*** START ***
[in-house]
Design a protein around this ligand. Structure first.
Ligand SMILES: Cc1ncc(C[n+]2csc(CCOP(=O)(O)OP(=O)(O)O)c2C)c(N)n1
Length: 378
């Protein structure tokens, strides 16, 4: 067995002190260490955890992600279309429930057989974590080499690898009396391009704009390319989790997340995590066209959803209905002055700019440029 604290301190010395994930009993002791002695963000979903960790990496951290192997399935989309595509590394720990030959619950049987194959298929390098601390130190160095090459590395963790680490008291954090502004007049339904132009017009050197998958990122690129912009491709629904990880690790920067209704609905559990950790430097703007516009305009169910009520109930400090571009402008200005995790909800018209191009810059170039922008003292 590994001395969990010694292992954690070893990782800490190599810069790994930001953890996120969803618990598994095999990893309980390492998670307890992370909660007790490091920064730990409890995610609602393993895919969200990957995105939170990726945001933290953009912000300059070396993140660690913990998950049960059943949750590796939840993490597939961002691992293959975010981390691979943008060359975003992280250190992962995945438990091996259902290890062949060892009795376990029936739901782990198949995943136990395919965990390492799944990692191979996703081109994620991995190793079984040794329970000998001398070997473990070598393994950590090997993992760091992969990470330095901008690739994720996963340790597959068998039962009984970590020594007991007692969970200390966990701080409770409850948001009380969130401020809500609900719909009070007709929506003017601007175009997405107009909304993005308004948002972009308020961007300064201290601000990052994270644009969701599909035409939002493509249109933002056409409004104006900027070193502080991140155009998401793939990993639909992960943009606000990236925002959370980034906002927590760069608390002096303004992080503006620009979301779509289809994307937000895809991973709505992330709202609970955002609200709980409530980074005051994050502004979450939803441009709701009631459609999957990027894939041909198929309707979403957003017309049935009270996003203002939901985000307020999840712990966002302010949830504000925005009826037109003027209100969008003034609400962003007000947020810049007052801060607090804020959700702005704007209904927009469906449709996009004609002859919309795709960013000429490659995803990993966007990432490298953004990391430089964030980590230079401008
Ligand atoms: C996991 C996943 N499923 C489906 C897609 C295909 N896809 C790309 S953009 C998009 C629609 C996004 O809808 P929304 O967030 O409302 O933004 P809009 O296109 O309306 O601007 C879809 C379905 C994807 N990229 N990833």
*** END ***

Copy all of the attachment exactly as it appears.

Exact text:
[in-house]
Design a protein around this ligand. Structure first.
Ligand SMILES: Cc1ncc(C[n+]2csc(CCOP(=O)(O)OP(=O)(O)O)c2C)c(N)n1
Length: 378
């Protein structure tokens, strides 16, 4: 067995002190260490955890992600279309429930057989974590080499690898009396391009704009390319989790997340995590066209959803209905002055700019440029 604290301190010395994930009993002791002695963000979903960790990496951290192997399935989309595509590394720990030959619950049987194959298929390098601390130190160095090459590395963790680490008291954090502004007049339904132009017009050197998958990122690129912009491709629904990880690790920067209704609905559990950790430097703007516009305009169910009520109930400090571009402008200005995790909800018209191009810059170039922008003292 590994001395969990010694292992954690070893990782800490190599810069790994930001953890996120969803618990598994095999990893309980390492998670307890992370909660007790490091920064730990409890995610609602393993895919969200990957995105939170990726945001933290953009912000300059070396993140660690913990998950049960059943949750590796939840993490597939961002691992293959975010981390691979943008060359975003992280250190992962995945438990091996259902290890062949060892009795376990029936739901782990198949995943136990395919965990390492799944990692191979996703081109994620991995190793079984040794329970000998001398070997473990070598393994950590090997993992760091992969990470330095901008690739994720996963340790597959068998039962009984970590020594007991007692969970200390966990701080409770409850948001009380969130401020809500609900719909009070007709929506003017601007175009997405107009909304993005308004948002972009308020961007300064201290601000990052994270644009969701599909035409939002493509249109933002056409409004104006900027070193502080991140155009998401793939990993639909992960943009606000990236925002959370980034906002927590760069608390002096303004992080503006620009979301779509289809994307937000895809991973709505992330709202609970955002609200709980409530980074005051994050502004979450939803441009709701009631459609999957990027894939041909198929309707979403957003017309049935009270996003203002939901985000307020999840712990966002302010949830504000925005009826037109003027209100969008003034609400962003007000947020810049007052801060607090804020959700702005704007209904927009469906449709996009004609002859919309795709960013000429490659995803990993966007990432490298953004990391430089964030980590230079401008
Ligand atoms: C996991 C996943 N499923 C489906 C897609 C295909 N896809 C790309 S953009 C998009 C629609 C996004 O809808 P929304 O967030 O409302 O933004 P809009 O296109 O309306 O601007 C879809 C379905 C994807 N990229 N990833």